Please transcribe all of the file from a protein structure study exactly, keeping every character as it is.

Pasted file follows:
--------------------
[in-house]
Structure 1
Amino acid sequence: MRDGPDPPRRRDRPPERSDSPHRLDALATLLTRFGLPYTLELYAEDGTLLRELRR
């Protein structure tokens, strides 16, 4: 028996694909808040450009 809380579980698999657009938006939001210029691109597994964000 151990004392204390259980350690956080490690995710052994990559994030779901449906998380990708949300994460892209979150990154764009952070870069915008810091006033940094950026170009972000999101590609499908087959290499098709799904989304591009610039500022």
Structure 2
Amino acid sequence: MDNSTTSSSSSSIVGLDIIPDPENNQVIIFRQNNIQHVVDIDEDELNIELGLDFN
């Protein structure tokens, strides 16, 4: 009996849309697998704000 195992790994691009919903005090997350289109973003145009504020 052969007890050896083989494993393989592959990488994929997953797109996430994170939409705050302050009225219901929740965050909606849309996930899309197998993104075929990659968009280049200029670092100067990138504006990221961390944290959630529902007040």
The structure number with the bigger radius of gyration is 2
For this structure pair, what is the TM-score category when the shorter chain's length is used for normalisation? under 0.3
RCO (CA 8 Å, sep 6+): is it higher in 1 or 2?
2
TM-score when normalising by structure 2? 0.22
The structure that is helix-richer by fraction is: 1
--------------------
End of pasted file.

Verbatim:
[in-house]
Structure 1
Amino acid sequence: MRDGPDPPRRRDRPPERSDSPHRLDALATLLTRFGLPYTLELYAEDGTLLRELRR
């Protein structure tokens, strides 16, 4: 028996694909808040450009 809380579980698999657009938006939001210029691109597994964000 151990004392204390259980350690956080490690995710052994990559994030779901449906998380990708949300994460892209979150990154764009952070870069915008810091006033940094950026170009972000999101590609499908087959290499098709799904989304591009610039500022």
Structure 2
Amino acid sequence: MDNSTTSSSSSSIVGLDIIPDPENNQVIIFRQNNIQHVVDIDEDELNIELGLDFN
């Protein structure tokens, strides 16, 4: 009996849309697998704000 195992790994691009919903005090997350289109973003145009504020 052969007890050896083989494993393989592959990488994929997953797109996430994170939409705050302050009225219901929740965050909606849309996930899309197998993104075929990659968009280049200029670092100067990138504006990221961390944290959630529902007040």
The structure number with the bigger radius of gyration is 2
For this structure pair, what is the TM-score category when the shorter chain's length is used for normalisation? under 0.3
RCO (CA 8 Å, sep 6+): is it higher in 1 or 2?
2
TM-score when normalising by structure 2? 0.22
The structure that is helix-richer by fraction is: 1